Attending a funeral for the first time can be a little confusing. Funeral etiquette is not a common topic of conversation, so you may be unsure of the proper way to act or what exactly to expect. Here are four tips for how to handle attending a funeral for the first time:
Unlike in the movies, it's not actually expected or necessary to wear all black to a funeral. You should, however, aim to dress conservatively and in a way that doesn't distract anyone from the ceremony. Subdued colors and business-appropriate clothing are the way to go for most funerals.
Arrive Early and Exit When Directed
Aim to arrive twenty or so minutes early, just in case you get lost or have trouble finding parking. This will help you avoid walking into the funeral after it's already started. The first few rows are typically reserved for close family and friends, so unless you've been told you have an assigned seat you should sit in the middle or towards the back.
After the ceremony, the casket is typically taken out and then the rows of mourners exit one at a time, starting with the front. Just pay attention to any instructions from the funeral director and otherwise follow what everyone else does.
Offer Condolences if Possible
If you have a chance to do so, it's nice to greet the immediate family of the deceased and offer your condolences. A handshake or warm hug and a simple "I'm so sorry for your loss" is all that's needed. If they are being bombarded with people, you may wish to save your condolences for a phone call or visit a few days after the funeral when things calm down a bit.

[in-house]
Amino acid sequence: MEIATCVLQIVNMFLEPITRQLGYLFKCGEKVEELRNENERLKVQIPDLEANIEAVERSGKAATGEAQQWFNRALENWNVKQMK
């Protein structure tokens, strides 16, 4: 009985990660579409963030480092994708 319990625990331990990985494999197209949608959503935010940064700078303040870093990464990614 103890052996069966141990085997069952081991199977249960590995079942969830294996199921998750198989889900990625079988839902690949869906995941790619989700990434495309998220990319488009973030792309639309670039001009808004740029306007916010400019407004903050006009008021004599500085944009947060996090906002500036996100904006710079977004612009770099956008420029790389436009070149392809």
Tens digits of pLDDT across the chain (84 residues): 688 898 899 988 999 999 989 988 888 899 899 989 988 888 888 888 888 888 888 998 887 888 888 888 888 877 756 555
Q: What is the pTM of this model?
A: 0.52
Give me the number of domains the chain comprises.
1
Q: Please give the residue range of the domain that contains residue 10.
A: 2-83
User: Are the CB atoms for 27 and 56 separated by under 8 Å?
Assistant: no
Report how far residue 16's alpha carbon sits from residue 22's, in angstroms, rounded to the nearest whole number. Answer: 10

Consider Sending a Gift
If you are at all close to the surviving family members of the deceased, you may want to bring or send them a gift to show that you're thinking of them during this time. It's traditional to send flowers, but they will most likely be receiving a large number of them so you may wish to think outside the box.
A card with a thoughtful note and a cash donation toward the funeral expenses would probably be very appreciated. The close family of the deceased is probably too immersed in grief to want to make dinners for themselves, so you could bring them home-made lasagna or send a card with a gift card to a casual dining establishment.
Attending a funeral is always a sad occasion, but by following these tips you will be able to rest easier knowing you are behaving in a polite and sensitive manner.
For more information, contact funeral homes in your area, such as Paul O'Connor Funeral Home Ltd.